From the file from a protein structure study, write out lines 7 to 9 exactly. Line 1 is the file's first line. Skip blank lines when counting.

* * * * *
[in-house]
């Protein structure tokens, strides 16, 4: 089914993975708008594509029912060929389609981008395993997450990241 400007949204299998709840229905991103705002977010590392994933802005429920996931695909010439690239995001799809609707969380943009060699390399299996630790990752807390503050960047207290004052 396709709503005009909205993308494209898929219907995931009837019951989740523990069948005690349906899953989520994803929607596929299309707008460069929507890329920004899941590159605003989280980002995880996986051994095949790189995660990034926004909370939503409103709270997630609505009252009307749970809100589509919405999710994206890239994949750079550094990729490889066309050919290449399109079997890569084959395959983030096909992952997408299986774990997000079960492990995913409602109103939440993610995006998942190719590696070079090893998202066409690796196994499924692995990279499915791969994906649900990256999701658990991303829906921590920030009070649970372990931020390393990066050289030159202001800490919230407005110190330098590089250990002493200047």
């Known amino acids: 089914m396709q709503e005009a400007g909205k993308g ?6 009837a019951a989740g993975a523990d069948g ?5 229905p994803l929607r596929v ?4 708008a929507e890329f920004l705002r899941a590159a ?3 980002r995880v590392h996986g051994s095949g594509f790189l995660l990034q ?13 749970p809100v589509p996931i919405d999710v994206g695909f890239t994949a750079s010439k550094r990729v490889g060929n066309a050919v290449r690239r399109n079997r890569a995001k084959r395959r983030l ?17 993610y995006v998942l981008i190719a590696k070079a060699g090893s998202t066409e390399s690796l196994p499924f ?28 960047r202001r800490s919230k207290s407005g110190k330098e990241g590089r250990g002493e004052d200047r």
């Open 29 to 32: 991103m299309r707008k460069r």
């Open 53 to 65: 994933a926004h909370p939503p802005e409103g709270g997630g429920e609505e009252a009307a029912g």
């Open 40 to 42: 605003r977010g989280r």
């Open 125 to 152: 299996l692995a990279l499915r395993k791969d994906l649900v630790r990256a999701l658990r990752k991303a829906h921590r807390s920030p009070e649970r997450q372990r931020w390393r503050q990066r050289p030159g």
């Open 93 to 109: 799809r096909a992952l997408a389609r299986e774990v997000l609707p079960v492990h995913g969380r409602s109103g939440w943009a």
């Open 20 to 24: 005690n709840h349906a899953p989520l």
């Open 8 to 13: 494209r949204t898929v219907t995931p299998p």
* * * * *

């Open 125 to 152: 299996l692995a990279l499915r395993k791969d994906l649900v630790r990256a999701l658990r990752k991303a829906h921590r807390s920030p009070e649970r997450q372990r931020w390393r503050q990066r050289p030159g």
């Open 93 to 109: 799809r096909a992952l997408a389609r299986e774990v997000l609707p079960v492990h995913g969380r409602s109103g939440w943009a």
């Open 20 to 24: 005690n709840h349906a899953p989520l």